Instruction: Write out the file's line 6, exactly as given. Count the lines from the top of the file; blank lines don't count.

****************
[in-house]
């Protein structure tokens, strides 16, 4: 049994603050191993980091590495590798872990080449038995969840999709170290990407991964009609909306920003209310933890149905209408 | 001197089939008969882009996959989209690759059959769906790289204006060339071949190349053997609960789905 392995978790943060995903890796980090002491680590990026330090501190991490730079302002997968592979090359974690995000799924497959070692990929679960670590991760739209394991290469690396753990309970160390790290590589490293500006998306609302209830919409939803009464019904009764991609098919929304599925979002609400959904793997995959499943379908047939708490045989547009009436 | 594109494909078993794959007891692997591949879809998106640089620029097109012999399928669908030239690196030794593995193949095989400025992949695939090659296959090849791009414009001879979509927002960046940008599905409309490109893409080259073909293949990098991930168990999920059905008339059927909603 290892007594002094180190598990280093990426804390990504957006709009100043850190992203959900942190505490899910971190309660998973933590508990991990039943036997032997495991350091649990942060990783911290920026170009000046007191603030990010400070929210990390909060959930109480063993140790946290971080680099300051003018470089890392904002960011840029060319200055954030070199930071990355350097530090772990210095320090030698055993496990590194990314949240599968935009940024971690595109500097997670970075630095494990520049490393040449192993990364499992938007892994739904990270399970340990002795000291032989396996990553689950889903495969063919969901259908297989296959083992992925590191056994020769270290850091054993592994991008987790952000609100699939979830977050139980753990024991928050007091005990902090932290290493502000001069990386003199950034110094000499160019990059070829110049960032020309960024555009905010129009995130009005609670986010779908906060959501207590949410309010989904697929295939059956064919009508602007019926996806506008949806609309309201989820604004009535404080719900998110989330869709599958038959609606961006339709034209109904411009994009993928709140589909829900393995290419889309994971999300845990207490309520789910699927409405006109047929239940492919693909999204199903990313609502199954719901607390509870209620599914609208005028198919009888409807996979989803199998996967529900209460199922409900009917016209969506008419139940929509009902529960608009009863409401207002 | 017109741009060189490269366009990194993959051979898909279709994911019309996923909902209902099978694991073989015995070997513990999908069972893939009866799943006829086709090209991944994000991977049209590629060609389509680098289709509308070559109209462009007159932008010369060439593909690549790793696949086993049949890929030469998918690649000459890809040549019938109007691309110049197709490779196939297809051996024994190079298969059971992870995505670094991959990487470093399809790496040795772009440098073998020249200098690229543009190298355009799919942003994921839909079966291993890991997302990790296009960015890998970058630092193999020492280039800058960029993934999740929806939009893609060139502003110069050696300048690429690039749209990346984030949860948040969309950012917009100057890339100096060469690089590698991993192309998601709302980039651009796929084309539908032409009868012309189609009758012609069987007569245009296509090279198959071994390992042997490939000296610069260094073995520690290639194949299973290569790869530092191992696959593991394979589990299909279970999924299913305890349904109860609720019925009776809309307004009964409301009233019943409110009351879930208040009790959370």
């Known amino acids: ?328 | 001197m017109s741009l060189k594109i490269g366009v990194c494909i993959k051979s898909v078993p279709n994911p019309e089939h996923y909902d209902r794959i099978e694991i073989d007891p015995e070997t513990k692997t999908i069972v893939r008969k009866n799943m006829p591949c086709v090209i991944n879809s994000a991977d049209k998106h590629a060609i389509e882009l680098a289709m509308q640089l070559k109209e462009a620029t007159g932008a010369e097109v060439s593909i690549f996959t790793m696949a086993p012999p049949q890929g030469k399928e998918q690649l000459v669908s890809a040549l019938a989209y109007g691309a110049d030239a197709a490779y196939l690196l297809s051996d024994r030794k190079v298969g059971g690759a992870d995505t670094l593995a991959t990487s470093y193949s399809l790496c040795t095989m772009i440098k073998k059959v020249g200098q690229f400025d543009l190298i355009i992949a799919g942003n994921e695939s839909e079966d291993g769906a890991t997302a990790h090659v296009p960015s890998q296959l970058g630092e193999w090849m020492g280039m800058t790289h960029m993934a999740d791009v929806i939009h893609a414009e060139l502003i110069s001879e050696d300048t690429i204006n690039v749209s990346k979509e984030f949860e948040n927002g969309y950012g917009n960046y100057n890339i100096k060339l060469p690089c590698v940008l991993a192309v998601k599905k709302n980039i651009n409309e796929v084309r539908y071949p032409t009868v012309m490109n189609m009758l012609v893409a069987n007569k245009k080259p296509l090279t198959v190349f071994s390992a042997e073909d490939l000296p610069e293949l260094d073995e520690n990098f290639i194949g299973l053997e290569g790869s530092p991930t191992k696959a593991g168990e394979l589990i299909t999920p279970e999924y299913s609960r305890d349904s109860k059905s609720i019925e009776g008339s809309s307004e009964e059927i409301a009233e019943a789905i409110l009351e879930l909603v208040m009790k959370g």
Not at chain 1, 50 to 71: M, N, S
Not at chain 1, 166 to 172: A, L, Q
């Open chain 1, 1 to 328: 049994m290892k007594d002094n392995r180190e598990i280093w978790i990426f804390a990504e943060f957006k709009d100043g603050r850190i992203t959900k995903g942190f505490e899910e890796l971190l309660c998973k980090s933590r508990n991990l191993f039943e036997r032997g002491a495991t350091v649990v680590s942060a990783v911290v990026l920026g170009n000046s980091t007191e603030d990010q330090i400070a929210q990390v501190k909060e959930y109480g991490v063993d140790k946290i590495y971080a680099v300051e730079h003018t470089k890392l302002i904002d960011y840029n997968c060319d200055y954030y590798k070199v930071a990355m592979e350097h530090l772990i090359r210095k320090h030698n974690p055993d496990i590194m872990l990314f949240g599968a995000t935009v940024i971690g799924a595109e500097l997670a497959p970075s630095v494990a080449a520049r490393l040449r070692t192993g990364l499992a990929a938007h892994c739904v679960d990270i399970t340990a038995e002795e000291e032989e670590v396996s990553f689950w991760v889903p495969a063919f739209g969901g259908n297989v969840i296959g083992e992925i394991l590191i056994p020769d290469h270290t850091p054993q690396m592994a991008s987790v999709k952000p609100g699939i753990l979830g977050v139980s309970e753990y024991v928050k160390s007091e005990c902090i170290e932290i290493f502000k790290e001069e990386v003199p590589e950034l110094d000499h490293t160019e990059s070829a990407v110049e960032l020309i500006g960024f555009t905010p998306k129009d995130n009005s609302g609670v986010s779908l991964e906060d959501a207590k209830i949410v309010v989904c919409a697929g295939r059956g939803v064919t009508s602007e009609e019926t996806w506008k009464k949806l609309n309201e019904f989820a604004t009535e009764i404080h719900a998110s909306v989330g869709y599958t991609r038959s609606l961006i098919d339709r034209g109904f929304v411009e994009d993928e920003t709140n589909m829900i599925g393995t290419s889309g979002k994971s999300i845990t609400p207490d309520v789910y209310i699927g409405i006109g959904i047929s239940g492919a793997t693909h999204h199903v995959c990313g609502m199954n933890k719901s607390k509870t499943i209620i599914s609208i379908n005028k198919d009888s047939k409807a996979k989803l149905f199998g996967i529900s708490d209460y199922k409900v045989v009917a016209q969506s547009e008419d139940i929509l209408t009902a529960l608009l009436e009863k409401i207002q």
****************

């Open chain 1, 1 to 328: 049994m290892k007594d002094n392995r180190e598990i280093w978790i990426f804390a990504e943060f957006k709009d100043g603050r850190i992203t959900k995903g942190f505490e899910e890796l971190l309660c998973k980090s933590r508990n991990l191993f039943e036997r032997g002491a495991t350091v649990v680590s942060a990783v911290v990026l920026g170009n000046s980091t007191e603030d990010q330090i400070a929210q990390v501190k909060e959930y109480g991490v063993d140790k946290i590495y971080a680099v300051e730079h003018t470089k890392l302002i904002d960011y840029n997968c060319d200055y954030y590798k070199v930071a990355m592979e350097h530090l772990i090359r210095k320090h030698n974690p055993d496990i590194m872990l990314f949240g599968a995000t935009v940024i971690g799924a595109e500097l997670a497959p970075s630095v494990a080449a520049r490393l040449r070692t192993g990364l499992a990929a938007h892994c739904v679960d990270i399970t340990a038995e002795e000291e032989e670590v396996s990553f689950w991760v889903p495969a063919f739209g969901g259908n297989v969840i296959g083992e992925i394991l590191i056994p020769d290469h270290t850091p054993q690396m592994a991008s987790v999709k952000p609100g699939i753990l979830g977050v139980s309970e753990y024991v928050k160390s007091e005990c902090i170290e932290i290493f502000k790290e001069e990386v003199p590589e950034l110094d000499h490293t160019e990059s070829a990407v110049e960032l020309i500006g960024f555009t905010p998306k129009d995130n009005s609302g609670v986010s779908l991964e906060d959501a207590k209830i949410v309010v989904c919409a697929g295939r059956g939803v064919t009508s602007e009609e019926t996806w506008k009464k949806l609309n309201e019904f989820a604004t009535e009764i404080h719900a998110s909306v989330g869709y599958t991609r038959s609606l961006i098919d339709r034209g109904f929304v411009e994009d993928e920003t709140n589909m829900i599925g393995t290419s889309g979002k994971s999300i845990t609400p207490d309520v789910y209310i699927g409405i006109g959904i047929s239940g492919a793997t693909h999204h199903v995959c990313g609502m199954n933890k719901s607390k509870t499943i209620i599914s609208i379908n005028k198919d009888s047939k409807a996979k989803l149905f199998g996967i529900s708490d209460y199922k409900v045989v009917a016209q969506s547009e008419d139940i929509l209408t009902a529960l608009l009436e009863k409401i207002q």